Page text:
As PM lands in SA, focus back on NSG

Prime Minister Narendra Modi arrived in Pretoria on Thursday evening, on a visit that will see both economic ties and an address to the Indian diaspora as highlights, but officials say it will also be a chance for India to kick-start its next round of talks in its campaign for Nuclear Suppliers Group (NSG) membership.

South Africa is the first NSG country that Mr. Modi is visiting since India failed to have its membership decided at the plenary session in Seoul. Just prior to that session, Mr. Modi had personally discussed the issue in Switzerland, U.S., and Mexico, winning from each visit an assurance of support.

However in Seoul, many countries, including Switzerland and South Africa are believed to have raised procedural concerns over the Non-Proliferation Treaty (NPT), ambassadors from at least four delegations present in the room had confirmed to The Hindu.

“You must understand the backdrop to South Africa’s hesitation regarding NSG,” said former High Commissioner to Pretoria, Rajiv Bhatia. “When South Africa ended apartheid, it also destroyed its nuclear arsenal which it revealed only later [in 1993]. Therefore it retains a strong interest in non-proliferation.”

India has now pinned its hopes on an informal process initiated by the NSG to evolve a consensus on its membership to a possible NSG session later this year. “We will continue our pursuit of the NSG membership as well as other nuclear regimes this year,” an official well-versed with the effort told The Hindu.

Officials would not speculate whether there would be a clear statement of support from President Jacob Zuma, as had been the case in Switzerland and Mexico last month, but confirmed that the issue would be taken up when Mr. Modi meets the South African President on Friday. In a pre-departure media briefing the MEA also rejected reports that South Africa had opposed India’s membership at any point.

“[South Africa] has been very supportive of India in the last NSG. Of course you may have read some reports to the contrary but let me tell you before you ask me the question, that they have actually been quite supportive,” Secretary, Economic Relations in the MEA, Amar Sinha said.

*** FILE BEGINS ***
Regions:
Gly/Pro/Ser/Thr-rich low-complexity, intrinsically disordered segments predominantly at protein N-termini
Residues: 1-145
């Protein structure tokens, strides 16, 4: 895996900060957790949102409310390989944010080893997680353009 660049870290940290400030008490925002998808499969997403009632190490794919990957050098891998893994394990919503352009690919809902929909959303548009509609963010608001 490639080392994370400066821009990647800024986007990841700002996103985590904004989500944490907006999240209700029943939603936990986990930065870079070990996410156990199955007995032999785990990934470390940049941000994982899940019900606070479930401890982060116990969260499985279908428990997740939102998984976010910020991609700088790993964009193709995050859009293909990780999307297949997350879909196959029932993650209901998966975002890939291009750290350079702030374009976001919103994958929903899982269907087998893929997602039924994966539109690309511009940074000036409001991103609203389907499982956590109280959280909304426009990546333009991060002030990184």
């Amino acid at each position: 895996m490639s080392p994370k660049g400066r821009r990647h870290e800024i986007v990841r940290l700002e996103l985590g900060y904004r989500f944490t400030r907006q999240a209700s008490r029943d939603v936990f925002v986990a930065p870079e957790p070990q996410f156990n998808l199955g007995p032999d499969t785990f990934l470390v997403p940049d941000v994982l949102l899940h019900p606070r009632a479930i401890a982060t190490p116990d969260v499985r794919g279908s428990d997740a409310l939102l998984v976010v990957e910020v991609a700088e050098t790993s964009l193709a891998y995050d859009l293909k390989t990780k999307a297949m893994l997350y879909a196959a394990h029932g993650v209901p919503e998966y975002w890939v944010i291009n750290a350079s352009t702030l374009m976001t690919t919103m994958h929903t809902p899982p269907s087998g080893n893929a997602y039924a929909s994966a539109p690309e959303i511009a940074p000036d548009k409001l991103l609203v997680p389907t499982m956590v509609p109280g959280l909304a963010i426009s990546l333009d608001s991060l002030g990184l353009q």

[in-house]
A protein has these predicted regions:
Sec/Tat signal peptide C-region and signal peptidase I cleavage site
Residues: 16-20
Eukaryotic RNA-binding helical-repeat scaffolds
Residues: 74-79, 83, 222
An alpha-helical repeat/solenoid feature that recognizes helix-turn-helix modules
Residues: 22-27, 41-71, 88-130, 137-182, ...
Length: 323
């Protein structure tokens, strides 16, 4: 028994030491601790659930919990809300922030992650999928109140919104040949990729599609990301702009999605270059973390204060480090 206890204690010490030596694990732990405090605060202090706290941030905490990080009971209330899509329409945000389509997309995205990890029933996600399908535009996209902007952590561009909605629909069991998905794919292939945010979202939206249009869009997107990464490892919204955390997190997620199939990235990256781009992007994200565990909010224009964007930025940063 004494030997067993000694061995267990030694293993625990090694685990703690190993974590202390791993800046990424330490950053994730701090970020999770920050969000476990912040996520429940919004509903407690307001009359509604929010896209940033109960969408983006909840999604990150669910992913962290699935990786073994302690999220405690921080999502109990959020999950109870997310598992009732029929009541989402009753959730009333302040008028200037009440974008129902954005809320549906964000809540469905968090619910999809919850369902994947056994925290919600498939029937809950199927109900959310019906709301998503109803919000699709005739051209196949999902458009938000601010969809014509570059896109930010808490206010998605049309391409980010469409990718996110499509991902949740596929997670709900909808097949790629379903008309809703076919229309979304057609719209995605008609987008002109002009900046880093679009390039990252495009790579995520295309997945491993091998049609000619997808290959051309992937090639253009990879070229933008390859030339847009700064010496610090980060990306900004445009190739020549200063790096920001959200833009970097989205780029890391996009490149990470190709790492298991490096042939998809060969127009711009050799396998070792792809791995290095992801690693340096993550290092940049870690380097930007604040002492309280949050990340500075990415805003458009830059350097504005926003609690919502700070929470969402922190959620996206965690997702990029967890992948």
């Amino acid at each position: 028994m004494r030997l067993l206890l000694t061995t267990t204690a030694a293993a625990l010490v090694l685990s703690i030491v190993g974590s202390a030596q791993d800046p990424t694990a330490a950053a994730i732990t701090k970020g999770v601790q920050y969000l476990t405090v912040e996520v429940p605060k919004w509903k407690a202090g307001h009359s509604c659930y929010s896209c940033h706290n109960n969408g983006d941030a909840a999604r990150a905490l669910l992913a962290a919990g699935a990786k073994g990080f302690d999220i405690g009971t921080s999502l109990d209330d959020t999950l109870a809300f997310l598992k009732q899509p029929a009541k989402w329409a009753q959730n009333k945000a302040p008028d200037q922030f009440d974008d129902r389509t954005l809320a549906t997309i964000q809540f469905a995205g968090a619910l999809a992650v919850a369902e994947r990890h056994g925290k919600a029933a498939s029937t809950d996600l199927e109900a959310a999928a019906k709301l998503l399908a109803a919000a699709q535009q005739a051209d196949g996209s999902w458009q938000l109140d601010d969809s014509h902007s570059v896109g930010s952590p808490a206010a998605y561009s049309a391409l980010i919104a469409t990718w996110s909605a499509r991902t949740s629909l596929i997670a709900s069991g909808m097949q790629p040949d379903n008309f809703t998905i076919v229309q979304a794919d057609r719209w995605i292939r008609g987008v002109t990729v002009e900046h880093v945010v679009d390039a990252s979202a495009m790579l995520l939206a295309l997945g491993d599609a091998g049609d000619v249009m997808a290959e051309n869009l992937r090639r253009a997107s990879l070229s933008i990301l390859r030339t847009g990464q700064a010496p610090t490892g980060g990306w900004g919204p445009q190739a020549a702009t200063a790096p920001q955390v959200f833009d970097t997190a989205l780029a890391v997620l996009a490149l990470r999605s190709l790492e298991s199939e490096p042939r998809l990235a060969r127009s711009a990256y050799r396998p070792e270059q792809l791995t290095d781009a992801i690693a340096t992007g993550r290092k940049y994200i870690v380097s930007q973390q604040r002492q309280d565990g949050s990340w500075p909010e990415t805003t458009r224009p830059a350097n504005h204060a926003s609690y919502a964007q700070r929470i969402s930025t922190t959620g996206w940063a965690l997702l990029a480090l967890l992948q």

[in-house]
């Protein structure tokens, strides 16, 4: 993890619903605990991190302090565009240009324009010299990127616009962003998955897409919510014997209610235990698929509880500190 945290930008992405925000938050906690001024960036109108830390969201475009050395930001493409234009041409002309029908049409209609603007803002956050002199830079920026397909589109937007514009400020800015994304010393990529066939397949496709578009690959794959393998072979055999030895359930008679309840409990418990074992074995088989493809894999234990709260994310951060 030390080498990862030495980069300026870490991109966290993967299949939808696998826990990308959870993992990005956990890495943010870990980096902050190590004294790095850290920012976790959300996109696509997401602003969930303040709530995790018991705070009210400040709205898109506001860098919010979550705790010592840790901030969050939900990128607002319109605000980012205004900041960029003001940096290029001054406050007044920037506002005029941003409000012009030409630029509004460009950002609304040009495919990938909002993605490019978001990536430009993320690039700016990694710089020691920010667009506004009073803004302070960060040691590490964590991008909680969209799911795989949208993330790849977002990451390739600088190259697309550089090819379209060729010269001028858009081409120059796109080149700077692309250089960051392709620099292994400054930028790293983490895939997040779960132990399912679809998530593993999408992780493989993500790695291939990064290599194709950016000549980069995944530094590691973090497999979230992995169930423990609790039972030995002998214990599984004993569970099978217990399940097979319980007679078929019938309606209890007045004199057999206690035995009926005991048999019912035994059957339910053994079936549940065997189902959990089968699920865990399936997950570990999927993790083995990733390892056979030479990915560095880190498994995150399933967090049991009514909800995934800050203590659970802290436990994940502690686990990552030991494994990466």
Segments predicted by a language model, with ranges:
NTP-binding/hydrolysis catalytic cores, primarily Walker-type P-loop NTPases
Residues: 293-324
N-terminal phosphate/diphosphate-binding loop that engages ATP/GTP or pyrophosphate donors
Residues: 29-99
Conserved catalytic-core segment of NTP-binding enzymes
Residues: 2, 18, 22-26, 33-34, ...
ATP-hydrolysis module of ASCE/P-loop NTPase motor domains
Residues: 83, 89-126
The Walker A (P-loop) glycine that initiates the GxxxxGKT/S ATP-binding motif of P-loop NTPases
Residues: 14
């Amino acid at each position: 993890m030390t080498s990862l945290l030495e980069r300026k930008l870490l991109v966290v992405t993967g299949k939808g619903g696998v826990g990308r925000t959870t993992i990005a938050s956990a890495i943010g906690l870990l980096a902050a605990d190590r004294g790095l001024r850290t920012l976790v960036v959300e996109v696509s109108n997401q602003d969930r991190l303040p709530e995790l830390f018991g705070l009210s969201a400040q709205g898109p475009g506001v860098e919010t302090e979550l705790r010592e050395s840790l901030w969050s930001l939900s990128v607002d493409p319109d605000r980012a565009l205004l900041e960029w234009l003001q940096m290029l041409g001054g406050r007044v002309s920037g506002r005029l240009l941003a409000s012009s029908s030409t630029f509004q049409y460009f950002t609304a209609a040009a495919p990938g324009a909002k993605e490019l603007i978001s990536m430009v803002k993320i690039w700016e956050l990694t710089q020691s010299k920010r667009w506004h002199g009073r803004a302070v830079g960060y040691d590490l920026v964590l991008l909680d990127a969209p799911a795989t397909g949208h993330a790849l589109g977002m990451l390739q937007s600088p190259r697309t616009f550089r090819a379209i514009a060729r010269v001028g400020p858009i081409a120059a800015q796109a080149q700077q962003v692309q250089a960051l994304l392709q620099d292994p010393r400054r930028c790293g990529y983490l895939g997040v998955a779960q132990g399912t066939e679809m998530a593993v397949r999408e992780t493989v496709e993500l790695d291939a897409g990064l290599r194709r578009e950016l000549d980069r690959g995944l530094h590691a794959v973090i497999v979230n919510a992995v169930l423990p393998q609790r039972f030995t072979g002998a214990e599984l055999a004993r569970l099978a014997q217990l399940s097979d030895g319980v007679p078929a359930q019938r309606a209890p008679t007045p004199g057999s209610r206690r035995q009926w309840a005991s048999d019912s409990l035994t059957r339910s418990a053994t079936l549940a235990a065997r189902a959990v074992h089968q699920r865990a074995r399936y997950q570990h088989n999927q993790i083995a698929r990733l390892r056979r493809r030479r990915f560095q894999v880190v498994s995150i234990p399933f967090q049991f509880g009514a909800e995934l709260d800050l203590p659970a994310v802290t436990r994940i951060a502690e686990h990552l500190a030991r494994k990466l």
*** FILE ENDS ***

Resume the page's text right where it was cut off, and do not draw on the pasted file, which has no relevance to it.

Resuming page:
Earlier this week, South Africa’s International Relations and Cooperation Minister Maite Nkoana-Mashabane also confirmed that talks on the NSG “could come up”. Asked whether South Africa would back India’s membership bid, Ms. Nkoana-Mashabane only noted that “all members of the NSG were also members of the NPT,” the popular online portal IOL reported.

Another unspoken concern is China’s influence over South Africa that has grown considerably in the past few decades and now Beijing stands as South Africa’s biggest trading partner with more than $60 billion in trade as well as a key partner in the One Belt One Road projects that will draw infrastructure investment.

India pulled in at $9.4 billion in trade with South Africa in 2015-16, the lowest in the past 6 years, according to the MEA website, which will be discussed at a major business forum on Friday.

“There is no doubt that Beijing would have used its influence with Pretoria on the NSG issue,” Ambassador Bhatia told The Hindu.

“India must work on its historic warmth and friendship to reach a different understanding with South Africa,” he added.

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Printable version | Jan 29, 2022 8:14:18 AM |

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